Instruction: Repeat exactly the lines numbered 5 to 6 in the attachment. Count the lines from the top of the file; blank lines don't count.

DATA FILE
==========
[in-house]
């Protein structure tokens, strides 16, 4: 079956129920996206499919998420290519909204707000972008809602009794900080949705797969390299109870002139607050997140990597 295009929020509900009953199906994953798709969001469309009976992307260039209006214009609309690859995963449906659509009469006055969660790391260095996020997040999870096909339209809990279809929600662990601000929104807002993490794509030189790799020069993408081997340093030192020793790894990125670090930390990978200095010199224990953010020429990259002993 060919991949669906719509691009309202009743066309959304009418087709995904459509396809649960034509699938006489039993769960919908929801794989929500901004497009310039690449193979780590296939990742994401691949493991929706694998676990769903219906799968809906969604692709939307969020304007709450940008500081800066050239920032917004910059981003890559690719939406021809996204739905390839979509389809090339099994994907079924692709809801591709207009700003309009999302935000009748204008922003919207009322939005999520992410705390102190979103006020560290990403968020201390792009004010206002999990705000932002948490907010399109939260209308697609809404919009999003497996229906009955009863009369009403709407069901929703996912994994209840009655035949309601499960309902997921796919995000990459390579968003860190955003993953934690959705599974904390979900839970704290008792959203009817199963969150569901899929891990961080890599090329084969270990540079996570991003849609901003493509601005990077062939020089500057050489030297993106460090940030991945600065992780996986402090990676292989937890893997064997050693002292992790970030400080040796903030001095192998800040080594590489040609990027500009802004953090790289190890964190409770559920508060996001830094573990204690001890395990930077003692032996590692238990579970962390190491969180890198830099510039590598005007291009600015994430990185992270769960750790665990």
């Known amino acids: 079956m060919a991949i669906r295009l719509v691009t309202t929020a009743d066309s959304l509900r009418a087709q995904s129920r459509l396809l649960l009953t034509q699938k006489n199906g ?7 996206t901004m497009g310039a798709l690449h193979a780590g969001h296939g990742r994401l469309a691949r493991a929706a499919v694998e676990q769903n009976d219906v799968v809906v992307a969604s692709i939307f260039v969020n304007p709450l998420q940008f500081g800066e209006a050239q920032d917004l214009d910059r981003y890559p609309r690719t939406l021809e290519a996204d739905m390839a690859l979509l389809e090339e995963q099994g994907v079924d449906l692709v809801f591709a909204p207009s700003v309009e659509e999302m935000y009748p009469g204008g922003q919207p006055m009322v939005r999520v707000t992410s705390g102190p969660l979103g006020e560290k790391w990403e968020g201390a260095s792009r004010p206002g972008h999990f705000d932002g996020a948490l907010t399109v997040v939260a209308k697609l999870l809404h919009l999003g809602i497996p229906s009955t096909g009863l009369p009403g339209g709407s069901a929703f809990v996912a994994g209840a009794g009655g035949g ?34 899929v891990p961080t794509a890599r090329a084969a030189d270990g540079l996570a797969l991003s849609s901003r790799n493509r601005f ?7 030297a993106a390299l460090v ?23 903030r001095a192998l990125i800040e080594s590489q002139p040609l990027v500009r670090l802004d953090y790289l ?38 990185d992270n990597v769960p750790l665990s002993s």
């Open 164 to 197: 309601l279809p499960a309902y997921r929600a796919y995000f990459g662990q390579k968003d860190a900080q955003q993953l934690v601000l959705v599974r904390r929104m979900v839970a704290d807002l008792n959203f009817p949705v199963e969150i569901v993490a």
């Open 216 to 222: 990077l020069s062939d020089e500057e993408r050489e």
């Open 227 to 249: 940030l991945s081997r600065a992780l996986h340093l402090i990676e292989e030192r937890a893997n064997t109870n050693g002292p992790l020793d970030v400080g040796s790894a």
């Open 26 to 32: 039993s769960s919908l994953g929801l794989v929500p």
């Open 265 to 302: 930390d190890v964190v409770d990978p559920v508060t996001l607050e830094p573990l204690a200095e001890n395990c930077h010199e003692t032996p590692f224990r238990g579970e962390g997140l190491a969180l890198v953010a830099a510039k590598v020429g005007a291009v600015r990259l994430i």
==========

């Open 216 to 222: 990077l020069s062939d020089e500057e993408r050489e």
């Open 227 to 249: 940030l991945s081997r600065a992780l996986h340093l402090i990676e292989e030192r937890a893997n064997t109870n050693g002292p992790l020793d970030v400080g040796s790894a």